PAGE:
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Monitoring of blue cod (Parapercis colias) at kapiti marine reserve, New Zealand; a comparison of survey methodologies

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dc.contributor.author Struthers, Carl David
dc.date.accessioned 2011-07-13T21:41:15Z
dc.date.accessioned 2022-10-27T01:44:12Z
dc.date.available 2011-07-13T21:41:15Z
dc.date.available 2022-10-27T01:44:12Z
dc.date.copyright 2004
dc.date.issued 2004
dc.identifier.uri https://ir.wgtn.ac.nz/handle/123456789/25469
dc.description.abstract Temporal and spatial patterns of relative abundance and mean total length (TL) of blue cod (Parapercis colias) were examined on the western side of kapiti Marine Reserve (KMR). Sampling was undertaken on four occasions over a nine-month period between April and December 2003. Four study sites were examined, two within and two outside KMR, and areas within each site were randomly sampled using three different survey methodologies. This study compares surveys of P. colias conducted using three methods (Underwater Visual Census (UVC), Experimental Angling (EA), and Baited Underwater Video (BUV)), as it is generally assumed that methodologies will give relatively accurate estimates, yet little comparative work has been undertaken to test this assumption to date. The ability to detect fish, standard deviation of estimates, statistical power and logistical and cost considerations were all examined. This study highlighted differences among survey methodologies, with the baited methodologies (BUV and EA) providing similar and highly significant differences among sites. Both baited methodologies had high ability to detect fish, high statistical power and small standard errors, despite a relatively low sampling effort. The BUV and the EA methodologies detected significant differences between reserve and non-reserve sites in both relative abundances and TL, indicating that the marine reserve sites were home to significantly higher relative abundances and significantly larger sized individuals than non-reserve sites. The UVC methodology differed in its estimates of P. colias relative abundance and TL than the BUV and EA methodologies. The UVC was unable to detect significant differences between reserve and non-reserve sites because power to detect fish was low, resulting in high standard errors and low statistical power. Results indicate that the traditionally used methodology in marine ecology, UVC, has limited effectiveness for sampling of P. colias at KMR. Mark and recapture techniques were also undertaken during the study to assess patterns of P. colias movement among sties at Kapiti Island (inside and outside KMR). Total distance travelled, distance vs. fish length and distance vs. time at liberty were all examined. This study revealed that fish within the reserve travelled significantly greater distances than non-reserve fish. However, the majority of recaptures/re-sighting (80% EA and 58% BUV) were made within 100 m of the tagging location. Very limited amounts of movement were examined across the reserve boundary, but 'spillover' may be occurring, even if at low frequencies, to fished areas because four individuals, originally tagged inside the reserve, were recaptured outside the reserve. No specific trends in movement were observed with regard to fish size. However, the EA highlighted the existence of a negative relationship between distance travelled and time at liberty. Recommendations and considerations for future monitoring of P. colias at KMR are discussed in light of these observed differences among methodologies. It is concluded that the most effective monitoring strategy would be a continued UVC programme used in conjunction with a BUV monitoring programme. The combined use of the two methodologies would allow a detailed archived investigation (BUV) into P. colias relative abundance and TL as well as an investigation (UVC) of non-carnivorous species not included in a baited survey such as BUV. en_NZ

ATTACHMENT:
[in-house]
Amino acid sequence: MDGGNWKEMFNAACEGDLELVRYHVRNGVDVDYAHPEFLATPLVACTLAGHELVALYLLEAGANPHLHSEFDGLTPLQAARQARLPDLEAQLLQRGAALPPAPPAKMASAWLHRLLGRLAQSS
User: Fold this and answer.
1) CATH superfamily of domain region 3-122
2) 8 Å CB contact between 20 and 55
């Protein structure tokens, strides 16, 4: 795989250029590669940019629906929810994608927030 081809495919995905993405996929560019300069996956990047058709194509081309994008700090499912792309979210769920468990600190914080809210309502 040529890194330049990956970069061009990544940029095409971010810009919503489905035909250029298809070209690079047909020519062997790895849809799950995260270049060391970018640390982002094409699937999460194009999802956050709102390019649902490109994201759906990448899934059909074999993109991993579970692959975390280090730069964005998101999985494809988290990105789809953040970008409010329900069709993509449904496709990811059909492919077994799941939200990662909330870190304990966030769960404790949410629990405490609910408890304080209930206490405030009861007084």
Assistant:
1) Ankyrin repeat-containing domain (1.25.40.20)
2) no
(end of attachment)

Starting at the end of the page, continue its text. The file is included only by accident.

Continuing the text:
dc.format pdf en_NZ
dc.language en_NZ
dc.language.iso en_NZ
dc.publisher Te Herenga Waka—Victoria University of Wellington en_NZ
dc.title Monitoring of blue cod (Parapercis colias) at kapiti marine reserve, New Zealand; a comparison of survey methodologies en_NZ
dc.type Text en_NZ
vuwschema.type.vuw Awarded Research Masters Thesis en_NZ
thesis.degree.discipline Marine Biology en_NZ
thesis.degree.grantor Te Herenga Waka—Victoria University of Wellington en_NZ
thesis.degree.level Masters en_NZ
thesis.degree.name Master of Science en_NZ

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